This Word of God is a Divine cure because we have been called out of the world. This is what the word Ecclesia, which is translated as church, means: called out of. We have been called out of the world but we haven’t been removed from the world. Furthermore we still bear the common impact of the original sin which affected people’s relationship with God and with each other. That’s why today’s Word of God comes to us as a cure for what we bring to the Church coming from the world.
This Word of God is also a Divine light so that a new lifestyle, a godly one, could flourish in us and among us like biological life flourishes under the light of the Sun.
My Dear Sisters and Brothers! In today’s Gospel the word Ecclesia (Church) occurs twice. There is also one more occurrence. We heard it a couple of weeks ago when Jesus said to Peter: ‘You are Peter and on this rock I will build my Church.’ What did Jesus find in Peter that he made the Apostle such promise? It was the faith of the Apostle who confessed: ‘You are the Christ, the Son of the living God.’ The faith Peter had in Jesus was indicated by Jesus as the foundation of the Church.
In the Gospel we received two weeks ago Jesus showed the foundation of the Church. This Sunday Our Blessed Lord shows us the Body of the Church arising from that foundation. ‘Where two or three meet in my name, I shall be there with them.’ What these people have in common is their faith in Jesus ‘Christ, the Son of the living God.’ Therefore the Christians, who have been called out of the world, are not left in some vacuum. They are gathered in the community which Jesus called Ecclesia (Church). This new society arising from the foundation, which is the faith in Jesus ‘Christ, the Son of the living God,’ transforms women and men into sisters and brothers. All of us have been reconciled to one God. All of us have been washed in the same blood of the same Lord Jesus. The love of the Father and the blood of the Son made us one family of God.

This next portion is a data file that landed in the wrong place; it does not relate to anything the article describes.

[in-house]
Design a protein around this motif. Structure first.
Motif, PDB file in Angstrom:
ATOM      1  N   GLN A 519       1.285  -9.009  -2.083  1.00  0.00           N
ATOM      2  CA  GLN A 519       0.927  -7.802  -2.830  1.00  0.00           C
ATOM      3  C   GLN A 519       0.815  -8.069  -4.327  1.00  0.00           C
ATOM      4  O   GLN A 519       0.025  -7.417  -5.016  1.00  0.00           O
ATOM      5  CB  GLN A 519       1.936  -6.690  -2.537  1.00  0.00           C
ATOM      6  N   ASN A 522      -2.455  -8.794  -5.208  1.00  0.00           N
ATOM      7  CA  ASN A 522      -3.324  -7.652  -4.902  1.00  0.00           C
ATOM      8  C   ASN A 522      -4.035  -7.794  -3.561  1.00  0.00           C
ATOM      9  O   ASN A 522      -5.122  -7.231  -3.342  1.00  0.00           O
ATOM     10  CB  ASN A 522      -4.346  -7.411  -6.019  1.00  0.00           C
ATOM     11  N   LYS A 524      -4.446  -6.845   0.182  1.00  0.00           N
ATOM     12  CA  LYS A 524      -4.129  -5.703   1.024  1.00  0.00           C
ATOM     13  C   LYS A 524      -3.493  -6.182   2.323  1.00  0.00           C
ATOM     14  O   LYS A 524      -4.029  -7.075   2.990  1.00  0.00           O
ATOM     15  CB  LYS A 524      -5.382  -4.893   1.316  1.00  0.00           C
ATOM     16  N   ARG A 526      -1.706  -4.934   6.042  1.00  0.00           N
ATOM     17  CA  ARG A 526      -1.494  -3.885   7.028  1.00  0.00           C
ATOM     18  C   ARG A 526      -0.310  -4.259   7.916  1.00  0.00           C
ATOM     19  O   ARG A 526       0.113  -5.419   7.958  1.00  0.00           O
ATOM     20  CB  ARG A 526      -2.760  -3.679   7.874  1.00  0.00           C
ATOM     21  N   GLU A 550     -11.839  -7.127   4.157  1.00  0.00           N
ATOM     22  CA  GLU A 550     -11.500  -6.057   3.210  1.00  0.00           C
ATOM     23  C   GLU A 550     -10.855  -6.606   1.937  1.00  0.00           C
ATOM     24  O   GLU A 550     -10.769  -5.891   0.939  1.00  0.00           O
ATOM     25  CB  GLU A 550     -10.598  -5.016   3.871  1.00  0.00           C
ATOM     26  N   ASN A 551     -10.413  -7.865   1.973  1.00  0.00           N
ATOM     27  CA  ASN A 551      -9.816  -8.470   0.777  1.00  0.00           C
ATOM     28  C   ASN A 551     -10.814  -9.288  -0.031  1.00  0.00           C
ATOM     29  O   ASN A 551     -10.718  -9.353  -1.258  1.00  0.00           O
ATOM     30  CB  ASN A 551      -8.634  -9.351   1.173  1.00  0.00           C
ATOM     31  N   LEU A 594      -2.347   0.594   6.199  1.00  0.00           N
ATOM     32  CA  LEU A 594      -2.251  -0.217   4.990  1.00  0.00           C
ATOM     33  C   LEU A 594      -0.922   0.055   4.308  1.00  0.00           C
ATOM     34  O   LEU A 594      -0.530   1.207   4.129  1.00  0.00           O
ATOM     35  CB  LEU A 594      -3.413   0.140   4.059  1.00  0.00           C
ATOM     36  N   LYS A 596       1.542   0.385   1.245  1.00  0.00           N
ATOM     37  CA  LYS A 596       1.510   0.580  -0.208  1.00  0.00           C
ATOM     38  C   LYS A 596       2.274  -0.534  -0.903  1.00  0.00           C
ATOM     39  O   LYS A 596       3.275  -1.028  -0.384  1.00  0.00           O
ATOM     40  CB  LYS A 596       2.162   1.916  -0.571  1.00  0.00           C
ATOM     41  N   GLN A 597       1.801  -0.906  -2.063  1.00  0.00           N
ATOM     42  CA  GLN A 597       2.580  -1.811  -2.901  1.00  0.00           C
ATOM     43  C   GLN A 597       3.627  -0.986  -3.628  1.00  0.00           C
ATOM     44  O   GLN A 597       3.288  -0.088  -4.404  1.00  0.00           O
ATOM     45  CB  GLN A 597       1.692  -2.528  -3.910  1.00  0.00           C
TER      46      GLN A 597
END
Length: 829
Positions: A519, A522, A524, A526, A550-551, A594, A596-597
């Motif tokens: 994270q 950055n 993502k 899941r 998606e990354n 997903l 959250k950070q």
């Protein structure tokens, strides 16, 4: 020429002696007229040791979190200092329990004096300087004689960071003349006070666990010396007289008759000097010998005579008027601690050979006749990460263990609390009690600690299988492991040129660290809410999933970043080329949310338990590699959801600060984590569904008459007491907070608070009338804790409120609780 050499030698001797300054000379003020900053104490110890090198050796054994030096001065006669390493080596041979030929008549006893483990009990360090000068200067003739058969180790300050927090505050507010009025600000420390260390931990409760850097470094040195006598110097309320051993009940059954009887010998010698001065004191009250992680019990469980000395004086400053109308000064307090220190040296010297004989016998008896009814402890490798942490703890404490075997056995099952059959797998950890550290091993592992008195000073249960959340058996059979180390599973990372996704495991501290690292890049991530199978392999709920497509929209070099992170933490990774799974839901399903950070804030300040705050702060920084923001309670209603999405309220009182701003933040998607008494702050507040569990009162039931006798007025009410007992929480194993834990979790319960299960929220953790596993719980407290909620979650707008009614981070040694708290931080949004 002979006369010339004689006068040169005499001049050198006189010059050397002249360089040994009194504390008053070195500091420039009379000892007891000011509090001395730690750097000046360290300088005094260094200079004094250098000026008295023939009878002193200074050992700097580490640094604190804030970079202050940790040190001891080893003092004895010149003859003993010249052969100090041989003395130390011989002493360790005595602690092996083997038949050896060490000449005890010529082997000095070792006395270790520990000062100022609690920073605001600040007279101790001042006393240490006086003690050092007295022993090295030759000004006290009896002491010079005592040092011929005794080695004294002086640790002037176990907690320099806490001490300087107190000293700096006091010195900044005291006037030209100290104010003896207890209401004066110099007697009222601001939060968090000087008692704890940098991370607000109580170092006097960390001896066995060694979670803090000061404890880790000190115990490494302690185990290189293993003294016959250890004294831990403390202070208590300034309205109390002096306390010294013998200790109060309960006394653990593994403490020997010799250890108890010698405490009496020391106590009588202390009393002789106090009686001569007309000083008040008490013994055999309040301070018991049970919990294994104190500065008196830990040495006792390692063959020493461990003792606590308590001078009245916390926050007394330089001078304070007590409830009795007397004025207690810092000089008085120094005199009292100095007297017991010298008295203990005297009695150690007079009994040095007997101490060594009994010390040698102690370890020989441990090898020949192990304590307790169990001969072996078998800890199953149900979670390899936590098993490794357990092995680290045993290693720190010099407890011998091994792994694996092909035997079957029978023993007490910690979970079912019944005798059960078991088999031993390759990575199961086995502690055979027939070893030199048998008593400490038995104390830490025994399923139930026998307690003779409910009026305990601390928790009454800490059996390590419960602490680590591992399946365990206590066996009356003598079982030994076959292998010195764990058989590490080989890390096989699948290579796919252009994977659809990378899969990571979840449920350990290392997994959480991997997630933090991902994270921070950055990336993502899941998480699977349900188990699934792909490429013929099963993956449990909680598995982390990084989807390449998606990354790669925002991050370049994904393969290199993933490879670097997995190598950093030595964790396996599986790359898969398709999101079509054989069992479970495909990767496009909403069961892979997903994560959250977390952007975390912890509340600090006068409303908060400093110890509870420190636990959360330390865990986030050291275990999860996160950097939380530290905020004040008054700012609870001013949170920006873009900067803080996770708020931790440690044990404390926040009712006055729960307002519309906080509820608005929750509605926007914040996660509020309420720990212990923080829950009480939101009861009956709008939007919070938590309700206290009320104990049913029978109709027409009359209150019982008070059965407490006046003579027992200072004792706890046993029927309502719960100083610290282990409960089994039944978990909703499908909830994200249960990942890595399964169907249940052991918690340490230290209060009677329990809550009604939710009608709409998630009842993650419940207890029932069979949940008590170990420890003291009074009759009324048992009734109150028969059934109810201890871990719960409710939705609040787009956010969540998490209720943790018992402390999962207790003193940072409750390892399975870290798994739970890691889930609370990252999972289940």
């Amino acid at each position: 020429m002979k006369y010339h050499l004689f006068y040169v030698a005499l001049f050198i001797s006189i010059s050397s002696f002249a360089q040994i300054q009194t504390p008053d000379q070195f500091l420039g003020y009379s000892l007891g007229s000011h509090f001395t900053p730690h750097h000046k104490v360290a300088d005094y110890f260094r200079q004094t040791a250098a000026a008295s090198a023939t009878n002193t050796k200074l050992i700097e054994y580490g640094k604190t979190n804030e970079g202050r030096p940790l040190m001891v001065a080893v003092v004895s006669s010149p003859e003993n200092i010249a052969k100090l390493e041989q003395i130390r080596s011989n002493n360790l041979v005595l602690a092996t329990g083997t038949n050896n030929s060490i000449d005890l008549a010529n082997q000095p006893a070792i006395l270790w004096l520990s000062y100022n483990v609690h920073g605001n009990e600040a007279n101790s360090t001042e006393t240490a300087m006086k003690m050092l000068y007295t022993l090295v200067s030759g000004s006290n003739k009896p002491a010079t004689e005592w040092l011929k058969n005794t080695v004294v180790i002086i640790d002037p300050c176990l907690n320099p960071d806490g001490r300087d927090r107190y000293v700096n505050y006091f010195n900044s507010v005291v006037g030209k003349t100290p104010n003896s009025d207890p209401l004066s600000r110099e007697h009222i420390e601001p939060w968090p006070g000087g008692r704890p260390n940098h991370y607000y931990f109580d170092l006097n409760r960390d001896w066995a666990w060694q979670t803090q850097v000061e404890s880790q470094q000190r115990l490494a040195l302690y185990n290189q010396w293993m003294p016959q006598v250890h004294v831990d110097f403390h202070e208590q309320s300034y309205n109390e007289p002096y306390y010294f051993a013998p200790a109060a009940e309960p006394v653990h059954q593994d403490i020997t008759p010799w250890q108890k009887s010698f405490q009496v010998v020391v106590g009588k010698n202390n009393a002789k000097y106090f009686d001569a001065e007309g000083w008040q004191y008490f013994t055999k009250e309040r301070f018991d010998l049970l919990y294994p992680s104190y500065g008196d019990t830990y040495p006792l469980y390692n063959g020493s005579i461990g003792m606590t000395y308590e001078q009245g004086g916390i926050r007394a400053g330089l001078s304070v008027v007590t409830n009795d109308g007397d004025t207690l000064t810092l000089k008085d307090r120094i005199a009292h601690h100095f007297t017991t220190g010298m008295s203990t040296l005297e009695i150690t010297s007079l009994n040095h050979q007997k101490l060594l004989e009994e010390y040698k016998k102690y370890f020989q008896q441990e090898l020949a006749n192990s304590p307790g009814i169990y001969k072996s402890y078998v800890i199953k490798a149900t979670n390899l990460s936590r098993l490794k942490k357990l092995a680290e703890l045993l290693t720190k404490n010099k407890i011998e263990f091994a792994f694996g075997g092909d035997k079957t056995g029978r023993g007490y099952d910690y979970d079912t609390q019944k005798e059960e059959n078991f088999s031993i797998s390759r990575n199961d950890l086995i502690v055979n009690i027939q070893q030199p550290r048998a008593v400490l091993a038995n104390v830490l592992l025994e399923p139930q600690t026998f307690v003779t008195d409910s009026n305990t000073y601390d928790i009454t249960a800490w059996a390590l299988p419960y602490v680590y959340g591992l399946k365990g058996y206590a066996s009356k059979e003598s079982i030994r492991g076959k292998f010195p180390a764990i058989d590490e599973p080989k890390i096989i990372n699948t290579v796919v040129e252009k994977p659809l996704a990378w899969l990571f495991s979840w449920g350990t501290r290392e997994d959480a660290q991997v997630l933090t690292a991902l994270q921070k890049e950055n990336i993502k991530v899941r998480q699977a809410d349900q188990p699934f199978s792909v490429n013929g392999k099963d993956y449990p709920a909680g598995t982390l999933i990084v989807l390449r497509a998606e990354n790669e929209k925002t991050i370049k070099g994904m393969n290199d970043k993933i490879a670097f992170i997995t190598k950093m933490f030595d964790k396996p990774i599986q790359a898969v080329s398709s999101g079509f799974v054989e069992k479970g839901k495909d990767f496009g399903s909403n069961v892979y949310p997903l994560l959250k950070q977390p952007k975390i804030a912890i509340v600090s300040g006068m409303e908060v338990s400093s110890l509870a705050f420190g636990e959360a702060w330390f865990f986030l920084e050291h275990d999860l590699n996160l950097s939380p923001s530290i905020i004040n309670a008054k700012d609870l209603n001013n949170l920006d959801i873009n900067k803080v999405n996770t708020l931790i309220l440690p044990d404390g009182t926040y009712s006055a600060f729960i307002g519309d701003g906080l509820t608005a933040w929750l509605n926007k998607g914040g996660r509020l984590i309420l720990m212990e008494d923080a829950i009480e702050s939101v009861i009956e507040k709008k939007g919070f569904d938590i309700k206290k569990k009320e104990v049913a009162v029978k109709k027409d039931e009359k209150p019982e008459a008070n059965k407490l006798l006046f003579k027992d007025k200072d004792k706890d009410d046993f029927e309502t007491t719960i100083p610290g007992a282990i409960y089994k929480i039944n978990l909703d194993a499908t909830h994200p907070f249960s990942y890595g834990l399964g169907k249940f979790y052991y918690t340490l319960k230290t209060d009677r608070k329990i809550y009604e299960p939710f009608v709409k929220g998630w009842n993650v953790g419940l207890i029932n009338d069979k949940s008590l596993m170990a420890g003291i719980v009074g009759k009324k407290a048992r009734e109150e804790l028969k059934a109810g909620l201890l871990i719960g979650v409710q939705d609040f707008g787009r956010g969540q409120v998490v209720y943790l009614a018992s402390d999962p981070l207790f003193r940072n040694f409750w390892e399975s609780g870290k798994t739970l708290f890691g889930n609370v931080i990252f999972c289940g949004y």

St Cyprian of Carthage, a bishop and martyr, who lived in the third century, wrote: ‘You cannot have God for your Father if you do not have the Church for your mother.’ The Church allows us, who maybe strangers to each other, to be reborn into brothers and sisters who call the Heavenly Father: Our Father, who call his only begotten Son Jesus Christ: Our Brother. However these great mysteries we have been made partakers don’t hypnotize us. There is still a long process for us to undertake so that with profound conviction we could look at our fellow believers as our brothers and sisters. Jesus gives us a fascinating insight today when he says: ‘If your brother sins against you.’ The Lord doesn’t promise us that our fellow believers will be angels but he promises to give us grace so that in the sinful fellow believer we could still see our brother and sister whom we love out of sin, whom we love into holiness.
In the nineteenth century France was blessed having St John Vianney, a great pastor of the parish of Ars and a great confessor. Lots of people travelled to the little village of Ars to make their confession there because the holy priest could read people’s hearts. One day a bishop arrived. After making his confession before John Vianney he was walking away sobbing. Asked what happened he answered: ‘He told me to love my priests.’ St John became a brother to the bishop. He discovered that the bishop was lacking love for his priests but the way he said it to the bishop moved the man deeply. He didn’t feel condemned or judged but loved, encouraged and supported to embrace a change in his life.
My Dear Sisters and Brothers! I pray that when you go to confessions you can have this belief that there in the confessional room sits a brother of yours, a brother in faith. That your confession is witnessed by a brother who loves you out of sin and who loves you into holiness. That when you open your soul to him he will offer you a truthful and caring insight because he cares about your eternal life.